/ Climbing in Spain Advice for Aussie

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Gerry Narkowicz - on 14 May 2014
I am an Australian planning to visit Southern Spain for 5 weeks in December and January with my teenage daughter. I can climb up to Aussie grade 26 and my daughter grade 21. I would appreciate help planning our itinery. I've heard that El Chorro and Costa Blanca are the best areas to visit in winter and that the north is too cold. Which city should we fly to? Madrid and hire a car, or Malaga. Which crags are especially good? Accommodation options? Thank you for your help. Gerry Narkowicz
2394rober - on 14 May 2014
In reply to Gerry Narkowicz:

Gerry, best climbing for all season is at the back of Benedorm Costa Blanca, there is a climbing lodge there called the Orange House which is very cheap and just for climbers. But easy jet go to the airports there, the climbs are all sport climbs and very little that is not bolted. great for bigginers and experience climbers. here is a link to a very good book for the area.

Hope this helps

1poundSOCKS - on 14 May 2014
In reply to Gerry Narkowicz:

I've not been to El Chorro, but I agree with Carl about the Costa Blanca and the Orange House. The only downside I can think of is that you need to drive every day to get to the crag.
Trangia on 14 May 2014
In reply to Gerry Narkowicz:

I agree Costa Blanca is the best destination. Loads of crags in the area. Your best airport would be Alicante where you can hire a car.

Beware of the small print when hiring a car in Spain, particularly regarding excess, and avoid Goldcar like the plague - folk have had bad (ie expensive) runs ins with them - see previous threads on this subject!
flaneur - on 14 May 2014
In reply to Gerry Narkowicz:

El Chorro: good climbing; poor weather at Christmas in my experience, it's in the hills. Possible access issues in some areas due to the renovation of the Camino del Rei but plenty more to go at.

Costa Blanca: OK climbing; good weather. The crags are many miles apart and you'll spend a lot of your time in the car. I can't stand the ambience, like a really tacky version of Surfer's Paradise, a monument to the Spanish property bubble and unregulated development. You will be in the company of hordes of Rockfax clutching Brits all staying at the Orange House. This is good if you don't want the inconvenience of interacting with or - horrors - speaking to any locals.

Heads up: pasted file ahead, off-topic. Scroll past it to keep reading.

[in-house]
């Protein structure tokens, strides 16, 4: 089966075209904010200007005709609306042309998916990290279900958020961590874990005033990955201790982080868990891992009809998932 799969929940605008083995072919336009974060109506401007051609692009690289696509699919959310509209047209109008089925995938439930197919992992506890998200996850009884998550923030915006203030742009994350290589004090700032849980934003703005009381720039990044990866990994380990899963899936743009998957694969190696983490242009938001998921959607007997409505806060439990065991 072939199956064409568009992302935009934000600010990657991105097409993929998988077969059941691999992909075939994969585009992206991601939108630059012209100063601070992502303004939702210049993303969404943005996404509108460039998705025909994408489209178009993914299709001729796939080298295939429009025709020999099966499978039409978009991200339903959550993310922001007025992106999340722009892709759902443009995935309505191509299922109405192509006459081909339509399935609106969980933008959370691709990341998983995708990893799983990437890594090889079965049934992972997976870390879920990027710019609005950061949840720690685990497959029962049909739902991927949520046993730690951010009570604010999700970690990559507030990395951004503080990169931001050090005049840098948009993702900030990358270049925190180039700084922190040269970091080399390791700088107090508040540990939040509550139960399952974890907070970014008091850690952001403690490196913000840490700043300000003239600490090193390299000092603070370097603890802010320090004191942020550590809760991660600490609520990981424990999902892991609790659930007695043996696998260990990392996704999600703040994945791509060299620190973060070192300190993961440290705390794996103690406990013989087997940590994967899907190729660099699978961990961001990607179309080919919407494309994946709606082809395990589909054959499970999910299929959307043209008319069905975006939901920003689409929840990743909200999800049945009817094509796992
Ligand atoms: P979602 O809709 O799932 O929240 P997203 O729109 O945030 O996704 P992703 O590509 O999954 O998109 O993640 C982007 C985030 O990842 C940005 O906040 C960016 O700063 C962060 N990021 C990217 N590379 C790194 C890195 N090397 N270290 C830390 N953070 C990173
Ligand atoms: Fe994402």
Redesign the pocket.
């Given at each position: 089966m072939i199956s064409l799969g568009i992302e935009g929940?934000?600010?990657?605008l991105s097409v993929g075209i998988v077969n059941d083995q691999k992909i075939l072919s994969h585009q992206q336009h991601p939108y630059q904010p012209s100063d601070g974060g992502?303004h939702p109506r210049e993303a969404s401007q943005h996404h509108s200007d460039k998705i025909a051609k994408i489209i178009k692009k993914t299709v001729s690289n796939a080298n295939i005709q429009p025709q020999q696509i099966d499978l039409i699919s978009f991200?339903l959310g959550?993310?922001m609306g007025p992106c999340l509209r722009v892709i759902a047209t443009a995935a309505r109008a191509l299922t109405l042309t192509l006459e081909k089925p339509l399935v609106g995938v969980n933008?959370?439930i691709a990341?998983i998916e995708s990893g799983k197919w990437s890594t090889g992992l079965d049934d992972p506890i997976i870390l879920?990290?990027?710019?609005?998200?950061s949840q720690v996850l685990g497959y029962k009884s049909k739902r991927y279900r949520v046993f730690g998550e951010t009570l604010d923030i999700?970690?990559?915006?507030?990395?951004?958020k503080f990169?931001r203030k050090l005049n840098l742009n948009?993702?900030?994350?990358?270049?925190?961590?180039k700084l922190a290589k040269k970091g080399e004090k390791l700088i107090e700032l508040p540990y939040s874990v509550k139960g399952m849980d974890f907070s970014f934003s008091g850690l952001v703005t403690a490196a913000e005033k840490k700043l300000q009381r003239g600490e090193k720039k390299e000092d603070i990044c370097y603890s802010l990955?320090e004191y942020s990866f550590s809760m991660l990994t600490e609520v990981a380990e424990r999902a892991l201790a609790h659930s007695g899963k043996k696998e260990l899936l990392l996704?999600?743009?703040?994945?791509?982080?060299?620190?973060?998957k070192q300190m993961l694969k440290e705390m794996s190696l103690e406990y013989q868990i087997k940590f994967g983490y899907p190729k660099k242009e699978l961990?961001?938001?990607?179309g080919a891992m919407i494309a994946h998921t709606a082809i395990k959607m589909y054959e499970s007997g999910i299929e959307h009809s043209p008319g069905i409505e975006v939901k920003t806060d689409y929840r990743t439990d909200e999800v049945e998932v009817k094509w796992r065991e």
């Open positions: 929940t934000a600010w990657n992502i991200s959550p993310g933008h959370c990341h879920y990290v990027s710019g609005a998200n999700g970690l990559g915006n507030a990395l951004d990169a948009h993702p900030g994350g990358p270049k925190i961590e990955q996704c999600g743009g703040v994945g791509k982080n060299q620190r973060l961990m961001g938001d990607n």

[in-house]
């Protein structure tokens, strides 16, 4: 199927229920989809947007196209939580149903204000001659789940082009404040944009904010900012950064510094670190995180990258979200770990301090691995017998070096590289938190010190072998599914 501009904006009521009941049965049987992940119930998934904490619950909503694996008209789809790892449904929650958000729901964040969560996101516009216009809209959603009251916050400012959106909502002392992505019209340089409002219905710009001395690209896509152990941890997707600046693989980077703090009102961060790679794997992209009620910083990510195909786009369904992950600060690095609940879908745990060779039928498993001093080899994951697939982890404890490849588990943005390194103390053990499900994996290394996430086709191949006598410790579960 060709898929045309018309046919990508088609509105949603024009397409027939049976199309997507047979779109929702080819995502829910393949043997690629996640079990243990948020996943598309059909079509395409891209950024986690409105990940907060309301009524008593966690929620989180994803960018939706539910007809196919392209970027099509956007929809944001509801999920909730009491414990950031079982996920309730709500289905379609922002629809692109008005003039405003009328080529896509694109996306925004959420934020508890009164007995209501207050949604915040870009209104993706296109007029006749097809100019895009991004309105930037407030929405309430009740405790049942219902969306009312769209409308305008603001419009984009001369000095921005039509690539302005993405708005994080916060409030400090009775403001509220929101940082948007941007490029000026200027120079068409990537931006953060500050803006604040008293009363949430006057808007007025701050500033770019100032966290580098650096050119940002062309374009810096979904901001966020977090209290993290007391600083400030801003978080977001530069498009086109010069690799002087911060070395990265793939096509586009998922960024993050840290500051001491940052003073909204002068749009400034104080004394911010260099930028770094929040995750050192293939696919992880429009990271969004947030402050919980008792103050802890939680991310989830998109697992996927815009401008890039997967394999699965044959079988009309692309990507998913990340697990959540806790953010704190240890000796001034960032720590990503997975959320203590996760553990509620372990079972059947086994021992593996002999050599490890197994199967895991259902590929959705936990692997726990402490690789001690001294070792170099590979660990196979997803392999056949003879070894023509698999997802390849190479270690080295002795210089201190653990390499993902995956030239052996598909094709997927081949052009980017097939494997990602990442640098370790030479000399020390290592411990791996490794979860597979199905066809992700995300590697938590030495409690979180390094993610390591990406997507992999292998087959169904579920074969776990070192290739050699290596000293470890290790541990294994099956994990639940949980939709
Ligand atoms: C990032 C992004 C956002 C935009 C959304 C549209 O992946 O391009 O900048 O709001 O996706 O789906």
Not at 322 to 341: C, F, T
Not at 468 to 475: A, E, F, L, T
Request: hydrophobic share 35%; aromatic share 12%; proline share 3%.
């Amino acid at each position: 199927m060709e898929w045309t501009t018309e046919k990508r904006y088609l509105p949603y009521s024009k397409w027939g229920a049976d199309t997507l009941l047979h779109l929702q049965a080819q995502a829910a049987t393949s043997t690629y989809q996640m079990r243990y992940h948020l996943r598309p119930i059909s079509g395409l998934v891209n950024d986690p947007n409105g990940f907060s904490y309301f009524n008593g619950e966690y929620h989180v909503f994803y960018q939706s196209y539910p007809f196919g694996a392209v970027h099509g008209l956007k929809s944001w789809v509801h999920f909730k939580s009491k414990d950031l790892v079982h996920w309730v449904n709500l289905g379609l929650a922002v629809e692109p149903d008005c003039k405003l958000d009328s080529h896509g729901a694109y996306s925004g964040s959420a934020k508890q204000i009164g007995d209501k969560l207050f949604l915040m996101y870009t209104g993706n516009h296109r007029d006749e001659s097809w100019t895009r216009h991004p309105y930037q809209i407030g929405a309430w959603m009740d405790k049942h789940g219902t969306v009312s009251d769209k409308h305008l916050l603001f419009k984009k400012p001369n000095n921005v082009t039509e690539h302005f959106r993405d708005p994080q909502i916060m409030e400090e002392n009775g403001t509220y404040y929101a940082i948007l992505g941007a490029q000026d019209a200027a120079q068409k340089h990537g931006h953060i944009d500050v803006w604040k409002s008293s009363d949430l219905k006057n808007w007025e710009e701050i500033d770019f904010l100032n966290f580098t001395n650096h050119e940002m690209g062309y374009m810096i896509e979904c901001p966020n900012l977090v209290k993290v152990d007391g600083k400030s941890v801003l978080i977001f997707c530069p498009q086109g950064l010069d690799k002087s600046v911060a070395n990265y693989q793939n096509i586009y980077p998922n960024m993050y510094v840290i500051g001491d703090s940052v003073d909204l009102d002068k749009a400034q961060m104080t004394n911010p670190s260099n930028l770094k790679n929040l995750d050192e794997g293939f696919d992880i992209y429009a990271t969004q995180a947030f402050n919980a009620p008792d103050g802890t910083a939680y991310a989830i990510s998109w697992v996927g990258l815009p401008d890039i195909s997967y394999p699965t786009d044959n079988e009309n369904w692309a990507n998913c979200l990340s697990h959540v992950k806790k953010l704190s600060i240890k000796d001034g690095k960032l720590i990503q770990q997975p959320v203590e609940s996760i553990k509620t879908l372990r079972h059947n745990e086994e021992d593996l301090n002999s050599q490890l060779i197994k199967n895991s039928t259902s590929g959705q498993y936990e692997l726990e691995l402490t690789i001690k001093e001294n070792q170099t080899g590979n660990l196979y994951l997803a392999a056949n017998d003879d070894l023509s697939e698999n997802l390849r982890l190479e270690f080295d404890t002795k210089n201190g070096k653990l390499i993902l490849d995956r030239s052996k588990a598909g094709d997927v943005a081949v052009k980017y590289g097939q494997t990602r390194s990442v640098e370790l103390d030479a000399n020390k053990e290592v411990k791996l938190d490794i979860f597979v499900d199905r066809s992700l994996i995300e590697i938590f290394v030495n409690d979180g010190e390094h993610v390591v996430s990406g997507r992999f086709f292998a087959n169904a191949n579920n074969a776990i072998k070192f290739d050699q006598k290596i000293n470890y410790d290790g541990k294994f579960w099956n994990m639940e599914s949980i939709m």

Siurana: world-class climbing; I've been lucky with the weather two winter visits. It will be cold, especially for an aussie, it might be clear or it might rain.
Nic on 14 May 2014
In reply to flaneur:

Agree (mostly) with flaneur...and second the suggestion of Siurana, bears a passing resemblance to the Blueys on a good day!

Also the climbing in Costa Blanca* and El Chorro is quite similar in style, i.e. Euro limestone. If you have 5 weeks you might want to consider a bit of a road trip to sample some different locations? You could start in Tarifa (very Blue Mountain like sandstone) drive up through Chorro, a day at El Torcal, Loja (or the "secret" stuff around Villanueva del Rosario), then up towards the Blanca via the Murcia crags etc?

* worth looking out some of the sea cliffs though, a *lot* more user-friendly than the Sydney equivalents!!
Jamming Dodger on 14 May 2014
In reply to Nic:
We hired a car with Malagacar. It was 4 euros a day! And a nice decent sized modern car (forget exactly what it was).
You definitely need a car in Chorro. Cant speak for Costa Blanca as Ive never been.
Martin Bennett - on 14 May 2014
In reply to Gerry Narkowicz:

I'd recommend, at least start with, The Costa Blanca, not least as we've always had good climbing conditions in December. I disagree with the guy who suggests it has a hateful ambiance. Sure, the holiday hotel/apartment/villa architecture is crass, but that's all along the coast and if it's too much for you to bear just go to delightful valleys 5 to 10 miles inland and forget about it as you climb on a quiet crag then have a beer or coffee in a village bar shared with locals on their way home from work.

I also disagree with the respondent who says his climbers lodge of choice is cheap. I've found the best way to "do" the Costa Blanca is from an apartment in eg Calpe or Benidorm or somewhere between. There are tens of thousands of these, 75% empty and available very cheaply in mid Winter. Through websites like travelrepublic and lowcostholidays we typically buy a package including flight, apartment, car hire and even parking our car at a UK airport for around £180 per head! We spend the money we save an a nice meal out every evening. If you're not getting there via UK these websites do just accommodation & car hire. An advantage of a climber's lodge (there are several UK owned ones) is the local knowledge you can gain there.

The link to the Rockfax guide someone posted shows the edition previous to the current one. Still useful though.

By the way it isn't all sport (bolted) climbing - if you take the trouble to research the area as well as just buying the "Rockfax" guide book you can find very adventurous routes, some of them huge. Even in the sport climbing classification there are routes up to 300 metres; in other words there's great variety and something for everyone.